A Railroad with Relevance

Lower Deck Benchwork – Part II

Written By: Alan - Apr• 27•24

Woohoo, the lower deck benchwork is no longer laying on the floor. It’s a good thing too. We had a sump pump failure in the middle of a three day rain that resulted in us awakening to 2″ of standing water on the basement floor. Made a helluva mess and a ton of work drying out everything. Actually, the pump itself didn’t fail. The little clamp that held the float valve cord rusted away allowing the float to hit the sump lid without tipping enough to trigger the pump. Why a pump manufacturer would use a plain zinc clamp in a continuously submerged application is beyond me. I replaced it with a nylon clamp and all is well now. I also added a high water level alarm, something I should have done long ago. Live and learn.

Shelf brackets

To support the upper deck I used workstation brackets made by A&M Hardware. The arched design results in less bracket intruding into the lower deck scene. The A&M brackets are super strong 1/8″ steel capable of supporting 1000 lbs per pair according to their description but they are quite spendy. A pair of 21″x15″ brackets cost $50. Since intrusion into the scene was not a concern for the lower deck supports, I let economy rule the day. Found these 22″x12″ shelf brackets on Amazon for only $4 each! They are no match for the A&M brackets in strength but more than good enough to support a train layout.

Here you can see the profile difference between the two different bracket styles:

A couple coats of Serene Sky blue paint made sure the brackets would fade away on the wall.

Up, up and away

I used my favorite cribbing method, stacked milk crates, to position the benchwork sections at the correct height. Turned out two crates plus a 2×8 on edge sitting on a piece of 1x lumber was exactly the right height. The sections were temporarily clamped together.

Then came the bumping and nudging to get the benchwork front profile aligned with the upper deck. My plumb-bob-on-a-stick was used to verify the positioning. It took quite some time and patience to get the new benchwork in the right spot all way round. It felt like I must have moved the stick a hundred times by the end of it all.

Wall attachment

Once I was satisfied everything was in the right place, the clamps holding the sections together were replaced with #14 screws. I then used a stud finder to mark the wall stud locations. Placing tape on the outer edges of the studs kept me from trapping tape behind a bracket.

The benchwork was built with doubled up, laminated crossmembers at the bracket mounting points. This gave me a much wider mounting surface to compensate for slight misalignment between wall stud and benchwork crossmember.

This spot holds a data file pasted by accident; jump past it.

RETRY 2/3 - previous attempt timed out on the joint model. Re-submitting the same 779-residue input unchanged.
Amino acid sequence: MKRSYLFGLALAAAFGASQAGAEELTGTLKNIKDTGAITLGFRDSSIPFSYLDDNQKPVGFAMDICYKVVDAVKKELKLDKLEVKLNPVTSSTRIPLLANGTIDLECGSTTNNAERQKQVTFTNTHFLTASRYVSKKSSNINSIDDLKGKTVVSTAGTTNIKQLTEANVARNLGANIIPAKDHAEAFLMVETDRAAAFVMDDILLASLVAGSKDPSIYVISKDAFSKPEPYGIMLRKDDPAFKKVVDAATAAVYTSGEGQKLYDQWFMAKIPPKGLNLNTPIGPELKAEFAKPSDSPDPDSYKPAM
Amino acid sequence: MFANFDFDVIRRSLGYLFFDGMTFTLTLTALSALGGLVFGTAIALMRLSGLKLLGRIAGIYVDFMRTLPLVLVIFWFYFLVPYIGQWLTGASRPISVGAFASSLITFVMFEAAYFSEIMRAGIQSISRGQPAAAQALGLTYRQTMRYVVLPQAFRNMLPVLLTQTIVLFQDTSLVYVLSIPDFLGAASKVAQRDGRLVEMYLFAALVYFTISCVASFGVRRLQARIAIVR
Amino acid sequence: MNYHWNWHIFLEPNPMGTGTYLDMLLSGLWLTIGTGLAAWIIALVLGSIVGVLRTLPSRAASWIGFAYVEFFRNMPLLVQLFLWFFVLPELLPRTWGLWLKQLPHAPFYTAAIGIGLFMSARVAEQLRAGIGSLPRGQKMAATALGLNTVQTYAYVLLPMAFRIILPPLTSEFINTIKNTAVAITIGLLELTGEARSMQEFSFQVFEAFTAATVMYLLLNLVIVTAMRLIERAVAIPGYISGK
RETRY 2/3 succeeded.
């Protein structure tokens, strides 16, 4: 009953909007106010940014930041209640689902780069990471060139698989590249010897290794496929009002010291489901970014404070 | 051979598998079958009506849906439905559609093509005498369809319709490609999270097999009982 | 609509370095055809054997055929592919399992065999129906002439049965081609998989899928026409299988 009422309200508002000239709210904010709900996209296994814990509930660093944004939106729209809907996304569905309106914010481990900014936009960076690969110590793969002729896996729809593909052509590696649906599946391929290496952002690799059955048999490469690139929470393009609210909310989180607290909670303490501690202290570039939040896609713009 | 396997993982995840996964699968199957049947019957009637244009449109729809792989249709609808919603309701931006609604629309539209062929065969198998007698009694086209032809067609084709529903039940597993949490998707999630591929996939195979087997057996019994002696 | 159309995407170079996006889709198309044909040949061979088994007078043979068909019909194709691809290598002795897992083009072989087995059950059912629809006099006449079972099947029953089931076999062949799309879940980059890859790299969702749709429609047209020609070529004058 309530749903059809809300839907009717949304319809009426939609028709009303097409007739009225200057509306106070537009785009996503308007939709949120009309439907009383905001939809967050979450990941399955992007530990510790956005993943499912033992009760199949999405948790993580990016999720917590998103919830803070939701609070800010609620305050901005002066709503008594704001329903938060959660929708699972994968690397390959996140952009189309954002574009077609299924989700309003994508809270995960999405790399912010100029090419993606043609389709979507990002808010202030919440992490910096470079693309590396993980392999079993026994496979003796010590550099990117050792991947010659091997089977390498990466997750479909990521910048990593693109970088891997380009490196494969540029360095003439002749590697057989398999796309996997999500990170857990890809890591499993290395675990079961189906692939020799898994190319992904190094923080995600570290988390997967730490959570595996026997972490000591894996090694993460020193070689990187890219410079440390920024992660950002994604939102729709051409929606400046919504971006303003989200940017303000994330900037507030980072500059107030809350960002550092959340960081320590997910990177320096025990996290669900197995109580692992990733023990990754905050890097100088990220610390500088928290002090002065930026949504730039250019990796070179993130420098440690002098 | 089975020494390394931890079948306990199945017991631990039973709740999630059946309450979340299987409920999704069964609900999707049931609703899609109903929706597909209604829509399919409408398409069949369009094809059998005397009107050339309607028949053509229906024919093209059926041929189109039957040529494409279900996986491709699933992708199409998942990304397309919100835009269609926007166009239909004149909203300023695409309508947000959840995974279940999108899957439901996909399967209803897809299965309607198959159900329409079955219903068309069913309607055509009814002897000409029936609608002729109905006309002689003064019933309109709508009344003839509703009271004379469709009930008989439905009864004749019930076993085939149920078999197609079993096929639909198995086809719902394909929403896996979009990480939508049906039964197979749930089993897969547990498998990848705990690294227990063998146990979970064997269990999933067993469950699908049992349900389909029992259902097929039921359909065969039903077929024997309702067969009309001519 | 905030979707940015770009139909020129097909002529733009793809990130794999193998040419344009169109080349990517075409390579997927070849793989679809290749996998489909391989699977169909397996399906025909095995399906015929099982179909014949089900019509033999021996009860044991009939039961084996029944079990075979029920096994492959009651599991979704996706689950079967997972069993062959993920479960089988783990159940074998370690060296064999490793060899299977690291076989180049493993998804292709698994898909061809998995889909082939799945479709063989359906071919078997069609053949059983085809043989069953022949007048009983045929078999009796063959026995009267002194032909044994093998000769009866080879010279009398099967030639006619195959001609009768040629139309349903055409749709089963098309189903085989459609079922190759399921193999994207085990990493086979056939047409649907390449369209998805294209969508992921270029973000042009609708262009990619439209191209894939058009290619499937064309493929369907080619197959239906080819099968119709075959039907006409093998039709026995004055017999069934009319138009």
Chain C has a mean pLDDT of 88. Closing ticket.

Installing the brackets was straightforward. Position the bracket, clamp to crossmember, mark the holes, remove bracket, drill holes, install. #10 x 1-1/2″ screws hold the bracket to the wall, #10 x 2″ screws secure the crossmember to the bracket. Word of advice if you use the Amazon style bracket. The angle brace gets in the way of using a cordless drill, or even a screwdriver for that matter, to drive the mounting screws. Fortunately, a 12″ long #2 Phillips bit solved the access problem

I would have preferred the brackets extend all the way to the front of the benchwork but the available sizes selection did not permit it. Even being shy of the front, the benchwork is still solidly mounted. The fact that the entire thing is one giant screwed together assembly helps tremendously.


All the engineering in the world won’t help if the idiot building it doesn’t correctly read his own drawings. Such was the case on one particular section of benchwork. The doubled up crossmember didn’t align with the wall stud on one end of the section. The front edge profile was correct and the overall dimensions were correct but the bracket crossmember was 1-1/2″ off centerline. Referring back to the drawing with tape measure in hand confirmed it. The drawing was correct. I had misread it.

Fortunately the fix was easy. I screwed in a second double crossmember against the original. Problem solved. And it made for one very heavy duty mount. I guess I can consider myself lucky I made the error on only a single section of benchwork. All the others lined up fine.

Original north helix location

The lower deck redesign eliminated the planned north helix. When originally constructed, a large unobstructed opening was left in the peninsula wall to accommodate the helix. Here is a pic from a long time ago showing the opening.

The benchwork is supported on either side of the opening with big 24″x18″ brackets both on the upper and lower decks. BTW I found a source for lower cost A&M style brackets. Woodworkers Express sells imported generic versions. I bought four of them for the lower deck. They are very similar to and just as sturdy as the original A&M units.

In addition to shelf brackets, the upper deck is fastened all along the peninsula wall adding much support. The lower deck, being much shallower, is not against the peninsula wall so is less well supported for the long span between brackets across the helix opening. To lend support I toenailed (toescrewed?) a 2×4 stud into the middle of the opening and then fashioned a single cross support to brace the benchwork on both sides of the wall.

The lower deck benchwork underneath Lapeer is a long way from the wall. Almost four feet. It required a brace to be sufficiently rigid. Because the benchwork is at different heights on opposite sides of the wall, I fashioned a riser plate for the high side.

The benchwork is secured to the cross brace with Strong-Tie H2.5A hurricane ties.

Last detail

Drilling a 1″ hole through every crossmember for wire runs and cleaning up the sawdust mess that I had made was the final step in benchwork mounting. All that remained was to sit down and stare at it for a while.

Next up: backdrops. Stay tuned.